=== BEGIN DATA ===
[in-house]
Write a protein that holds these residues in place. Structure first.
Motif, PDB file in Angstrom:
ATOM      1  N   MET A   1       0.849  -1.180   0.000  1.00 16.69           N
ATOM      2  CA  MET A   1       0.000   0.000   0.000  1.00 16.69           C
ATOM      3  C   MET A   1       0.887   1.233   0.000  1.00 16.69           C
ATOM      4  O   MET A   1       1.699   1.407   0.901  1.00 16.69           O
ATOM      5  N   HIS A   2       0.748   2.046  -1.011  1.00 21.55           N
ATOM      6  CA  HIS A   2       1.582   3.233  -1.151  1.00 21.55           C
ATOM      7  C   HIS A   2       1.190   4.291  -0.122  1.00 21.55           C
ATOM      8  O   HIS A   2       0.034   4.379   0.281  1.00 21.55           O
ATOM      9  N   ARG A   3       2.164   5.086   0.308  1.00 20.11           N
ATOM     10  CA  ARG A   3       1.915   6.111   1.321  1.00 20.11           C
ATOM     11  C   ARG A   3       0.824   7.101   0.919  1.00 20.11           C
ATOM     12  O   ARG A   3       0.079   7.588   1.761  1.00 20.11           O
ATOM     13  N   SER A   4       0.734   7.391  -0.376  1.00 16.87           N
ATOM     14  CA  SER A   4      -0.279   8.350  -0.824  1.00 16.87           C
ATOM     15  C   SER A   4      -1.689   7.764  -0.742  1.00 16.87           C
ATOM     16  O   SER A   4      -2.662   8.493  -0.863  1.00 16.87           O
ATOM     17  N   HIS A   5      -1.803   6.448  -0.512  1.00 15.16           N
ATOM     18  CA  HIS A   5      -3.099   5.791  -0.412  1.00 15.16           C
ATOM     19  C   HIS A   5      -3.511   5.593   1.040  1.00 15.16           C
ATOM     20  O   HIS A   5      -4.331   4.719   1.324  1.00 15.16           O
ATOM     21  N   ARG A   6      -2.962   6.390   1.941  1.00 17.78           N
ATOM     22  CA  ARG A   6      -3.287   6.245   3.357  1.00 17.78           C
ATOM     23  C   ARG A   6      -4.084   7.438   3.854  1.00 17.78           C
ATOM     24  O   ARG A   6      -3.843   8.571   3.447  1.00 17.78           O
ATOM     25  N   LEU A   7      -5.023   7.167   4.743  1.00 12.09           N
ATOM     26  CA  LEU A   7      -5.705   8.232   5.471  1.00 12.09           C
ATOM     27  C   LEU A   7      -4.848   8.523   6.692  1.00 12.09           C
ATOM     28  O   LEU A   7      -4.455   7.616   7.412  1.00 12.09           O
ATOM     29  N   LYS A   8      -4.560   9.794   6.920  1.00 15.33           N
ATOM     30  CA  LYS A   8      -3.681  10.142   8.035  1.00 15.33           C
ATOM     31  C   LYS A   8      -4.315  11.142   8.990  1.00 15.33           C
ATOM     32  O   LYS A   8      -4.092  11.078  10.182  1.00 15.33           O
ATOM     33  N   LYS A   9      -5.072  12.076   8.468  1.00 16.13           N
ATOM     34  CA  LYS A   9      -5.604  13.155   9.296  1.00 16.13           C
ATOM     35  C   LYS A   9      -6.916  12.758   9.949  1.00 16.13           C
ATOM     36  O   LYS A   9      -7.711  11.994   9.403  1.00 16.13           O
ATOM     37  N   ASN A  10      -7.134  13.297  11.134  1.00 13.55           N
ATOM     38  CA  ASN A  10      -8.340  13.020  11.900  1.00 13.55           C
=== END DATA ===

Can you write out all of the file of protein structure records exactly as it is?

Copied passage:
[in-house]
Write a protein that holds these residues in place. Structure first.
Motif, PDB file in Angstrom:
ATOM      1  N   MET A   1       0.849  -1.180   0.000  1.00 16.69           N
ATOM      2  CA  MET A   1       0.000   0.000   0.000  1.00 16.69           C
ATOM      3  C   MET A   1       0.887   1.233   0.000  1.00 16.69           C
ATOM      4  O   MET A   1       1.699   1.407   0.901  1.00 16.69           O
ATOM      5  N   HIS A   2       0.748   2.046  -1.011  1.00 21.55           N
ATOM      6  CA  HIS A   2       1.582   3.233  -1.151  1.00 21.55           C
ATOM      7  C   HIS A   2       1.190   4.291  -0.122  1.00 21.55           C
ATOM      8  O   HIS A   2       0.034   4.379   0.281  1.00 21.55           O
ATOM      9  N   ARG A   3       2.164   5.086   0.308  1.00 20.11           N
ATOM     10  CA  ARG A   3       1.915   6.111   1.321  1.00 20.11           C
ATOM     11  C   ARG A   3       0.824   7.101   0.919  1.00 20.11           C
ATOM     12  O   ARG A   3       0.079   7.588   1.761  1.00 20.11           O
ATOM     13  N   SER A   4       0.734   7.391  -0.376  1.00 16.87           N
ATOM     14  CA  SER A   4      -0.279   8.350  -0.824  1.00 16.87           C
ATOM     15  C   SER A   4      -1.689   7.764  -0.742  1.00 16.87           C
ATOM     16  O   SER A   4      -2.662   8.493  -0.863  1.00 16.87           O
ATOM     17  N   HIS A   5      -1.803   6.448  -0.512  1.00 15.16           N
ATOM     18  CA  HIS A   5      -3.099   5.791  -0.412  1.00 15.16           C
ATOM     19  C   HIS A   5      -3.511   5.593   1.040  1.00 15.16           C
ATOM     20  O   HIS A   5      -4.331   4.719   1.324  1.00 15.16           O
ATOM     21  N   ARG A   6      -2.962   6.390   1.941  1.00 17.78           N
ATOM     22  CA  ARG A   6      -3.287   6.245   3.357  1.00 17.78           C
ATOM     23  C   ARG A   6      -4.084   7.438   3.854  1.00 17.78           C
ATOM     24  O   ARG A   6      -3.843   8.571   3.447  1.00 17.78           O
ATOM     25  N   LEU A   7      -5.023   7.167   4.743  1.00 12.09           N
ATOM     26  CA  LEU A   7      -5.705   8.232   5.471  1.00 12.09           C
ATOM     27  C   LEU A   7      -4.848   8.523   6.692  1.00 12.09           C
ATOM     28  O   LEU A   7      -4.455   7.616   7.412  1.00 12.09           O
ATOM     29  N   LYS A   8      -4.560   9.794   6.920  1.00 15.33           N
ATOM     30  CA  LYS A   8      -3.681  10.142   8.035  1.00 15.33           C
ATOM     31  C   LYS A   8      -4.315  11.142   8.990  1.00 15.33           C
ATOM     32  O   LYS A   8      -4.092  11.078  10.182  1.00 15.33           O
ATOM     33  N   LYS A   9      -5.072  12.076   8.468  1.00 16.13           N
ATOM     34  CA  LYS A   9      -5.604  13.155   9.296  1.00 16.13           C
ATOM     35  C   LYS A   9      -6.916  12.758   9.949  1.00 16.13           C
ATOM     36  O   LYS A   9      -7.711  11.994   9.403  1.00 16.13           O
ATOM     37  N   ASN A  10      -7.134  13.297  11.134  1.00 13.55           N
ATOM     38  CA  ASN A  10      -8.340  13.020  11.900  1.00 13.55           C